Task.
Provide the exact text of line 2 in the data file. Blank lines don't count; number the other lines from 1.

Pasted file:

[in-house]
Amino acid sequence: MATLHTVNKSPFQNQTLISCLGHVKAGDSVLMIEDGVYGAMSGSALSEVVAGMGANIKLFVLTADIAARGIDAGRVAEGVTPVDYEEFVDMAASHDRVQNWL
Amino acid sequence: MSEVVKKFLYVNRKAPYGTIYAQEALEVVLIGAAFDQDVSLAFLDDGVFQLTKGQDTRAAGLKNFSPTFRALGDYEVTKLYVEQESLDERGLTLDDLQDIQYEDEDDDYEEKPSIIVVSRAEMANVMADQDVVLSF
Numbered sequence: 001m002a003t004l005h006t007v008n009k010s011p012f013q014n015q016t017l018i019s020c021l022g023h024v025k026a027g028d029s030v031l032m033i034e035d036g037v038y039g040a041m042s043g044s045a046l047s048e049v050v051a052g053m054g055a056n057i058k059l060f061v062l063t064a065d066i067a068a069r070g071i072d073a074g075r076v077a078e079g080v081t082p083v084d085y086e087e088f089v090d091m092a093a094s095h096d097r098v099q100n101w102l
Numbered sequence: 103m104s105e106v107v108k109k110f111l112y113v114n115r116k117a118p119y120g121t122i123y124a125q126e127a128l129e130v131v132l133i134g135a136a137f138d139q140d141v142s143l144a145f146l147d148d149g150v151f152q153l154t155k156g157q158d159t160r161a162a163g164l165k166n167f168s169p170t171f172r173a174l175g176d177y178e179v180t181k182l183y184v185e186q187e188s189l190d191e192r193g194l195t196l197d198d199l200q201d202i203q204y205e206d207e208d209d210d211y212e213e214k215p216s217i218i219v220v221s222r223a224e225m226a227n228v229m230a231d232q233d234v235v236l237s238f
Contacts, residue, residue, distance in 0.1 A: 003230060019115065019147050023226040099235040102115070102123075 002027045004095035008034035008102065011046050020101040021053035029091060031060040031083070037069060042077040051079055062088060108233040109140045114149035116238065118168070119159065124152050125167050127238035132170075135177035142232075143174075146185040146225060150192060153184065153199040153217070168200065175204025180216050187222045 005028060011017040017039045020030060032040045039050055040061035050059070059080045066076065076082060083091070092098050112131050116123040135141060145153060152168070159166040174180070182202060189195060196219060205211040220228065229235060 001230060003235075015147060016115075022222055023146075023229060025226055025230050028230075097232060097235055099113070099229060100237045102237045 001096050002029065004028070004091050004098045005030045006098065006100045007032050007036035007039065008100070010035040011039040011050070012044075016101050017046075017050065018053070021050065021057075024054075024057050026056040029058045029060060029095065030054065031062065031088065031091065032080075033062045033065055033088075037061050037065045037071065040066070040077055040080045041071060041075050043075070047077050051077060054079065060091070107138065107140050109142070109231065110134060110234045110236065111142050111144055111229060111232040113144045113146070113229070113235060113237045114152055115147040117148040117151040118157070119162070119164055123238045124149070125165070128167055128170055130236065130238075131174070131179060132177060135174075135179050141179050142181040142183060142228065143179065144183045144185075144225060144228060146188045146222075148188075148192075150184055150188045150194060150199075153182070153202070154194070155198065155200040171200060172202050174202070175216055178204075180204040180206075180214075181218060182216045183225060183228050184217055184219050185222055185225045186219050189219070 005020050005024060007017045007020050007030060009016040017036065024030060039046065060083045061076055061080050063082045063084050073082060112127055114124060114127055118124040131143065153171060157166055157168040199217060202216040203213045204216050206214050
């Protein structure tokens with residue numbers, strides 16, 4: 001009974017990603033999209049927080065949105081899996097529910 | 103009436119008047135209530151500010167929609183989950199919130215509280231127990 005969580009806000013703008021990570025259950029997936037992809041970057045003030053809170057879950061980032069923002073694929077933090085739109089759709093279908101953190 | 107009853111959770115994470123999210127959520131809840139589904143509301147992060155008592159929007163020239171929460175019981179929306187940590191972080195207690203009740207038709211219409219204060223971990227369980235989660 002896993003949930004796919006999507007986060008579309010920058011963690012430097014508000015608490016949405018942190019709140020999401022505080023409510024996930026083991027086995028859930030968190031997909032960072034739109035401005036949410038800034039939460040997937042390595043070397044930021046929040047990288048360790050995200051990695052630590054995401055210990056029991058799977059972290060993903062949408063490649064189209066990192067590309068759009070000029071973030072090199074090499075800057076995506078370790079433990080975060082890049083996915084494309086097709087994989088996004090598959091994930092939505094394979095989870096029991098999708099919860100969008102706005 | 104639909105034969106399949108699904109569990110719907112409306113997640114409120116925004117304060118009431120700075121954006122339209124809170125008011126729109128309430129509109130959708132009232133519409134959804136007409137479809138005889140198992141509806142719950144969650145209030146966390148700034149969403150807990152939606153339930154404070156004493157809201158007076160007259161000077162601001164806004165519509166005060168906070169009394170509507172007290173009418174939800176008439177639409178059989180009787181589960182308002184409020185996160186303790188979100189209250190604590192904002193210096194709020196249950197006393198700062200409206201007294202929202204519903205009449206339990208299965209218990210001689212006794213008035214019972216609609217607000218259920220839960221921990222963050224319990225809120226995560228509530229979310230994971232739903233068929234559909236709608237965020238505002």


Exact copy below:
Amino acid sequence: MATLHTVNKSPFQNQTLISCLGHVKAGDSVLMIEDGVYGAMSGSALSEVVAGMGANIKLFVLTADIAARGIDAGRVAEGVTPVDYEEFVDMAASHDRVQNWL